The next morning, Mr. Mirabel took two members of the circle at Monksmoor by surprise. One of them was Emily; and one of them was the master of the house.
Seeing Emily alone in the garden before breakfast, he left his room and joined her. “Let me say one word,” he pleaded, “before we go to breakfast. I am grieved to think that I was so unfortunate as to offend you, last night.”
Emily’s look of astonishment answered for her before she could speak. “What can I have said or done,” she asked, “to make you think that?”
“Now I breathe again!” he cried, with the boyish gayety of manner which was one of the secrets of his popularity among women. “I really feared that I had spoken thoughtlessly. It is a terrible confession for a clergyman to make — but it is not the less true that I am one of the most indiscreet men living. It is my rock ahead in life that I say the first thing which comes uppermost, without stopping to think. Being well aware of my own defects, I naturally distrust myself.”
“Even in the pulpit?” Emily inquired.
He laughed with the readiest appreciation of the satire — although it was directed against himself.
“I like that question,” he said; “it tells me we are as good friends again as ever. The fact is, the sight of the congregation, when I get into the pulpit, has the same effect upon me that the sight of the footlights has on an actor. All oratory (though my clerical brethren are shy of confessing it) is acting — without the scenery and the costumes. Did you really mean it, last night, when you said you would like to hear me preach?”
“Indeed, I did.”
“How very kind of you. I don’t think myself the sermon is worth the sacrifice. (There is another specimen of my indiscreet way of talking!) What I mean is, that you will have to get up early on Sunday morning, and drive twelve miles to the damp and dismal little village, in which I officiate for a man with a rich wife who likes the climate of Italy. My congregation works in the fields all the week, and naturally enough goes to sleep in church on Sunday. I have had to counteract that. Not by preaching! I wouldn’t puzzle the poor people with my eloquence for the world. No, no: I tell them little stories out of the Bible — in a nice easy gossiping way. A quarter of an hour is my limit of time; and, I am proud to say, some of them (mostly the women) do to a certain extent keep awake. If you and the other ladies decide to honor me, it is needless to say you shall have one of my grand efforts. What will be the effect on my unfortunate flock remains to be seen. I will have the church brushed up, and luncheon of course at the parsonage. Beans, bacon, and beer — I haven’t got anything else in the house. Are you rich? I hope not!”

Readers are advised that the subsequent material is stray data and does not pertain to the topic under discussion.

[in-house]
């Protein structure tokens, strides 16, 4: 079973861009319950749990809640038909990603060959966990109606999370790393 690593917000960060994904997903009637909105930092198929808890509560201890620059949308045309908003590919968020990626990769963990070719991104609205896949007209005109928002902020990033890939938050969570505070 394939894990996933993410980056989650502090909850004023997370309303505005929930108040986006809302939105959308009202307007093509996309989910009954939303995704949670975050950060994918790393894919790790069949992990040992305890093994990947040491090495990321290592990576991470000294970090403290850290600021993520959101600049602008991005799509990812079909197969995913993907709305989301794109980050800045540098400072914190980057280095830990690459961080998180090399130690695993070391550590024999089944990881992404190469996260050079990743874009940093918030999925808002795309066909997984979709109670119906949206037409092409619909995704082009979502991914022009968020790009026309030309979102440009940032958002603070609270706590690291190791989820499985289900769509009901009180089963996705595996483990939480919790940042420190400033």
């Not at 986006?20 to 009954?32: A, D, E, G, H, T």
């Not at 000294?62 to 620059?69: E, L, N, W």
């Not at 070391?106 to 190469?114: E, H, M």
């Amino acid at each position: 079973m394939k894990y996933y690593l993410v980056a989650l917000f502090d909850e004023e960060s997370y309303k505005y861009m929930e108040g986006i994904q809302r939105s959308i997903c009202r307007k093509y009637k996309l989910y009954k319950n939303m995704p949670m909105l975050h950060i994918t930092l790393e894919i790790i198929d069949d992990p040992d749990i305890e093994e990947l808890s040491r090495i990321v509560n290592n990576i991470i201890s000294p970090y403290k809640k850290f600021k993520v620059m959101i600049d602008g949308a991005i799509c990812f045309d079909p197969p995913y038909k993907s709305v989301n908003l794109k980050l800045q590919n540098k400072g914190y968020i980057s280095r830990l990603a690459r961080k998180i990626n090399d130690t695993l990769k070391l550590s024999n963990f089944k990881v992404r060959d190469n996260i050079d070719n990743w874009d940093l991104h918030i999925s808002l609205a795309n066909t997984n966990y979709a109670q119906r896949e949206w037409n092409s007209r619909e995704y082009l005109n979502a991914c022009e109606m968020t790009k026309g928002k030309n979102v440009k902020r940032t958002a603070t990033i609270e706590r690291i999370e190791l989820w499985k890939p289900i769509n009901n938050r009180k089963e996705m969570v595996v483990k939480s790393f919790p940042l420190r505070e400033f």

“I suspect I am quite as poor as you are, Mr. Mirabel.”
“I am delighted to hear it. (More of my indiscretion!) Our poverty is another bond between us.”
Before he could enlarge on this text, the breakfast bell rang.
He gave Emily his arm, quite satisfied with the result of the morning’s talk. In speaking seriously to her on the previous night, he had committed the mistake of speaking too soon. To amend this false step, and to recover his position in Emily’s estimation, had been his object in view — and it had been successfully accomplished. At the breakfast-table that morning, the companionable clergyman was more amusing than ever.
The meal being over, the company dispersed as usual — with the one exception of Mirabel. Without any apparent reason, he kept his place at the table. Mr. Wyvil, the most courteous and considerate of men, felt it an attention due to his guest not to leave the room first. All that he could venture to do was to give a little hint. “Have you any plans for the morning?” he asked.
“I have a plan that depends entirely on yourself,” Mirabel answered; “and I am afraid of being as indiscreet as usual, if I mention it. Your charming daughter tells me you play on the violin.”
Modest Mr. Wyvil looked confused. “I hope you have not been annoyed,” he said; “I practice in a distant room so that nobody may hear me.”
“My dear sir, I am eager to hear you! Music is my passion; and the violin is my favorite instrument.”
Mr. Wyvil led the way to his room, positively blushing with pleasure. Since the death of his wife he had been sadly in want of a little encouragement. His daughters and his friends were careful — over-careful, as he thought — of intruding on him in his hours of practice. And, sad to say, his daughters and his friends were, from a musical point of view, perfectly right.